The 3 News top story online has the headline "More govts advising citizens to leave Tokyo."  The web site says Australia advised its citizens in Japan on Wednesday to consider leaving Tokyo and earthquake-affected areas, joining a growing number of governments and businesses telling their people it may be safer elsewhere. It says Christchurch will have a royal buzz in the air today as Prince William touches down in the garden city. And it says Police said Wednesday they have smashed a huge international paedophile ring, rescuing 230 children from abuse and arresting 184 suspects - including teachers and police officers. The most read story says hundreds are dead in Japanese town of Sendai.
The One News lead headline says "Japan's nuclear crisis 'out of control'".  The web site says in the most read story Japan's nuclear crisis appeared to be spinning out of control after workers withdrew briefly from a stricken power plant because of surging radiation levels and a helicopter failed to drop water on the most troubled reactor. It says the head of the UN nuclear watchdog says core damage at reactors 1, 2 and 3 of the plant is confirmed, but reactor vessels seem intact. He says the situation is "very serious".  It says Prince William  has touched down in Auckland on his special trip in the wake of the disasters in this country and in Australia.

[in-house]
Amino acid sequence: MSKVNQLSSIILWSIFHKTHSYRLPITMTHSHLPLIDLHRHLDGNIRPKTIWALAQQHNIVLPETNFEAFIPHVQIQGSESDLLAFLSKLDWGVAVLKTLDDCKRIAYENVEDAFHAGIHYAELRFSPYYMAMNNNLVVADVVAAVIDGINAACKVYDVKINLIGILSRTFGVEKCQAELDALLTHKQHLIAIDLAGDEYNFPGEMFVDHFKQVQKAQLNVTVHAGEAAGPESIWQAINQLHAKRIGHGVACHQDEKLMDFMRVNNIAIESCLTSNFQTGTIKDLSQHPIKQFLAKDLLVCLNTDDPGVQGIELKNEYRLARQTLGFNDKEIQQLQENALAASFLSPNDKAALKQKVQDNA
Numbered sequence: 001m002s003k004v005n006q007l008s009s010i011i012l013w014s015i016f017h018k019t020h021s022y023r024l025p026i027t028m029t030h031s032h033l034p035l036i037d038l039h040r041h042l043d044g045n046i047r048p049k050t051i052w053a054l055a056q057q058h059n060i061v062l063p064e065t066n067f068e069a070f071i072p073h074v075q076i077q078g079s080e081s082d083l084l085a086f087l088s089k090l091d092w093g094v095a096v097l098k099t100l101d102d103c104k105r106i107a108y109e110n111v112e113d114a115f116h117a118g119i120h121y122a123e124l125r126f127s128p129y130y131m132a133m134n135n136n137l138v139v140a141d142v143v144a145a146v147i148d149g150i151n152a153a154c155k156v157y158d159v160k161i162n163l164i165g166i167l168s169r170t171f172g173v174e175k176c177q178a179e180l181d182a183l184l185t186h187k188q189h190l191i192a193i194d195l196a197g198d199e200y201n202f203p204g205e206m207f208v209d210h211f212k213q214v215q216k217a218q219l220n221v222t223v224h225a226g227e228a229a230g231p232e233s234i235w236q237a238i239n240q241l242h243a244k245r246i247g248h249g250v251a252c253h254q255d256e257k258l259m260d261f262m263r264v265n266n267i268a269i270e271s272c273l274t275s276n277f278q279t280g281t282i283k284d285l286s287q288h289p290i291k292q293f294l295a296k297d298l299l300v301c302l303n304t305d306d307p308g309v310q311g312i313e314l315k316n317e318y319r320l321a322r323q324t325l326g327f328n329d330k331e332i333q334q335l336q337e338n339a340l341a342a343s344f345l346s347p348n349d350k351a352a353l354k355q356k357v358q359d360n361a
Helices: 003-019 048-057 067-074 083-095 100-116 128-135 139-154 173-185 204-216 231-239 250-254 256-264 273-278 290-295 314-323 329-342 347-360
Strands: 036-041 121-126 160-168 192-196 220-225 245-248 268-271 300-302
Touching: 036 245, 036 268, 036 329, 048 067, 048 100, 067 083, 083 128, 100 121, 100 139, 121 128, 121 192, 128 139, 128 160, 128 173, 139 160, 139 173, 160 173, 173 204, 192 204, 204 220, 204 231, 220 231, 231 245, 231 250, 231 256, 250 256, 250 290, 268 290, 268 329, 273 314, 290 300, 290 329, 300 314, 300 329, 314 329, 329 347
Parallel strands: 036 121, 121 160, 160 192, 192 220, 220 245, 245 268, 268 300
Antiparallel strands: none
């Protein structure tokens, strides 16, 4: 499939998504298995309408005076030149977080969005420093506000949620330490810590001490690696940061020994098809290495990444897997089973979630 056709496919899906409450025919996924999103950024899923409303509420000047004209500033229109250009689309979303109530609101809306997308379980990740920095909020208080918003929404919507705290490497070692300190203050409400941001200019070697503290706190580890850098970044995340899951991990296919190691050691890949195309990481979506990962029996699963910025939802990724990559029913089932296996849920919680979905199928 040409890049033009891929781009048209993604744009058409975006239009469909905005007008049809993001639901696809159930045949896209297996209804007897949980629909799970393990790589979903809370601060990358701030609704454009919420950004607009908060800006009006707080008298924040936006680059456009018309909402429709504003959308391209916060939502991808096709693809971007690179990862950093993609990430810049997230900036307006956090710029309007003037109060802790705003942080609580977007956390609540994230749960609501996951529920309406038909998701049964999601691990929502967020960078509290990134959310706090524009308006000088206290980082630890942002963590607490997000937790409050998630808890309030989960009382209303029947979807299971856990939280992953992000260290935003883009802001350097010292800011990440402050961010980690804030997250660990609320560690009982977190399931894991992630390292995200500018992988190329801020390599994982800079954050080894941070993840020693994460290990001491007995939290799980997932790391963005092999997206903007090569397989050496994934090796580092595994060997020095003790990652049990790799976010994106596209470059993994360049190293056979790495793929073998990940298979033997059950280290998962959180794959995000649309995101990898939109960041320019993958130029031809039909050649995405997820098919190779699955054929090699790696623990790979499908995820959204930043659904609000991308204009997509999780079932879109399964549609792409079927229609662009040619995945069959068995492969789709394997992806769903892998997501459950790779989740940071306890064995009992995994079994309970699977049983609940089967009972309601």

The Newstalk ZB lead headline says "PM rejects Labour's criticism."  The web site says the Prime Minister is rejecting claims from the opposition that he knew days ago Rugby World Cup games would not be held in Christchurch. It says Prince William and Catherine Middleton asked on Wednesday for anyone intending to send them wedding gifts to instead give the money to charity, including to the New Zealand Government's earthquake appeal. And it says the official number of dead and missing after a devastating earthquake and tsunami that flattened Japan's northeast coast has topped 12,000, police said on Wednesday, but reports hinted at a much higher toll. The most read story says the Christchurch Central MP is going in to bat for people who still haven't been able to get to their cars after the quake three weeks ago.
 

- HAWKES BAY TODAY